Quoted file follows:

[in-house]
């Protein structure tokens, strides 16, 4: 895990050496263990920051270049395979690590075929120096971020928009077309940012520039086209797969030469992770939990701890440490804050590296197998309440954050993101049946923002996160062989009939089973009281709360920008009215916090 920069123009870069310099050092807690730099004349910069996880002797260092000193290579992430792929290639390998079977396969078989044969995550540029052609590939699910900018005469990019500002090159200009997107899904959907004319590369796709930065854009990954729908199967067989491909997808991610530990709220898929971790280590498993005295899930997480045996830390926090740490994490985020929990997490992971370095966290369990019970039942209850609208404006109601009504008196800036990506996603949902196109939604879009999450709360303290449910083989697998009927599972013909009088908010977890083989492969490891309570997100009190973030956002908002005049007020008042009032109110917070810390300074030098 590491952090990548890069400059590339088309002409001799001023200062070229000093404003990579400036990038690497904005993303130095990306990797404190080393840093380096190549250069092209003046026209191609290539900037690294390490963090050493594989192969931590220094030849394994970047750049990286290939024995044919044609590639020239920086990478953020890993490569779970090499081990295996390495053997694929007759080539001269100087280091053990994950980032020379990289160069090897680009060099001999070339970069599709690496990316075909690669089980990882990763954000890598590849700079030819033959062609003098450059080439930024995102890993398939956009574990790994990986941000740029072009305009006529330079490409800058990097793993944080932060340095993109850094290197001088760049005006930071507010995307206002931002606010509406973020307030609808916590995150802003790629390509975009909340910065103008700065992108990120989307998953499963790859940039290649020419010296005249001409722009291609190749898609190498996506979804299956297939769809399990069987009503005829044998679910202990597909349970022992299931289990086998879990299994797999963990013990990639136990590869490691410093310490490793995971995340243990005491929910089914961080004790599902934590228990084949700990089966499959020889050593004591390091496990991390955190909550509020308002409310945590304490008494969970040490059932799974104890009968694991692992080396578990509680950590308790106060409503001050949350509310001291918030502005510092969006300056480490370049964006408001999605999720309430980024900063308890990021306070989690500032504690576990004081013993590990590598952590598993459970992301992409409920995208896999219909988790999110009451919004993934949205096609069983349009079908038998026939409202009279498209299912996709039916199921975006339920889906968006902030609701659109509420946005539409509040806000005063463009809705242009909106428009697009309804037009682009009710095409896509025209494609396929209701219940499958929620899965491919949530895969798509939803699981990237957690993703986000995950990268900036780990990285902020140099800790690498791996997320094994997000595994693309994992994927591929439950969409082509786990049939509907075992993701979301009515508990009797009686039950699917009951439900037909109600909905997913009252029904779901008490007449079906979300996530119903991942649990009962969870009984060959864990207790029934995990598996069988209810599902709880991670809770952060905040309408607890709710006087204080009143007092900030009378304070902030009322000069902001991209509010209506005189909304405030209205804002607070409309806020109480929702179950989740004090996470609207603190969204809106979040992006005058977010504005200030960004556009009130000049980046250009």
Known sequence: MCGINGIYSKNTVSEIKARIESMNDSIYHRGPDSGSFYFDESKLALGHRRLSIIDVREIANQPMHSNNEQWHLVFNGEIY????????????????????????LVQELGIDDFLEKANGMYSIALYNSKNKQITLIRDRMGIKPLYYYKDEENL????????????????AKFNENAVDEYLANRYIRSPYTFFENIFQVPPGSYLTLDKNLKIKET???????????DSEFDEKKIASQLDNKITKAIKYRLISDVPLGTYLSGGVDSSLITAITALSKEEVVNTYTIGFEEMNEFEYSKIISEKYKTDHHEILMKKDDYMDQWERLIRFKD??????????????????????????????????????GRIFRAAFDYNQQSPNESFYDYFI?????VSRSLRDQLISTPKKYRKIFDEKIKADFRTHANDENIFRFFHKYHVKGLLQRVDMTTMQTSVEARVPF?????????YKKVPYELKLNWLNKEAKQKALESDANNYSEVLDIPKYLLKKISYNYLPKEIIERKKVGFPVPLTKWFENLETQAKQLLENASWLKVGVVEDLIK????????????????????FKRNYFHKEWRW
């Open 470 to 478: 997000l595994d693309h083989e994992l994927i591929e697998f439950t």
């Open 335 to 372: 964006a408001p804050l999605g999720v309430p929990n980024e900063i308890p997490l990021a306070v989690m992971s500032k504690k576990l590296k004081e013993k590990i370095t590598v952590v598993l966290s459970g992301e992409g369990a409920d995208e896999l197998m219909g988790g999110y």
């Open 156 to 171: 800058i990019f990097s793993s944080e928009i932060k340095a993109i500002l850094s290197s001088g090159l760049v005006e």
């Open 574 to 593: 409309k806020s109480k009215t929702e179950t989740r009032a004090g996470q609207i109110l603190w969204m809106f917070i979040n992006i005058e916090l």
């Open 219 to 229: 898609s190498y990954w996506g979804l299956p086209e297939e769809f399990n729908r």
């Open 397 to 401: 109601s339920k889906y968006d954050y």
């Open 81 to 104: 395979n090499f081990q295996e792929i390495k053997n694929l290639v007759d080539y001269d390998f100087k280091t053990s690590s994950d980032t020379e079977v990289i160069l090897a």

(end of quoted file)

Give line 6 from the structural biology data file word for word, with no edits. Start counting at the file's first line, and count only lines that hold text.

């Open 156 to 171: 800058i990019f990097s793993s944080e928009i932060k340095a993109i500002l850094s290197s001088g090159l760049v005006e």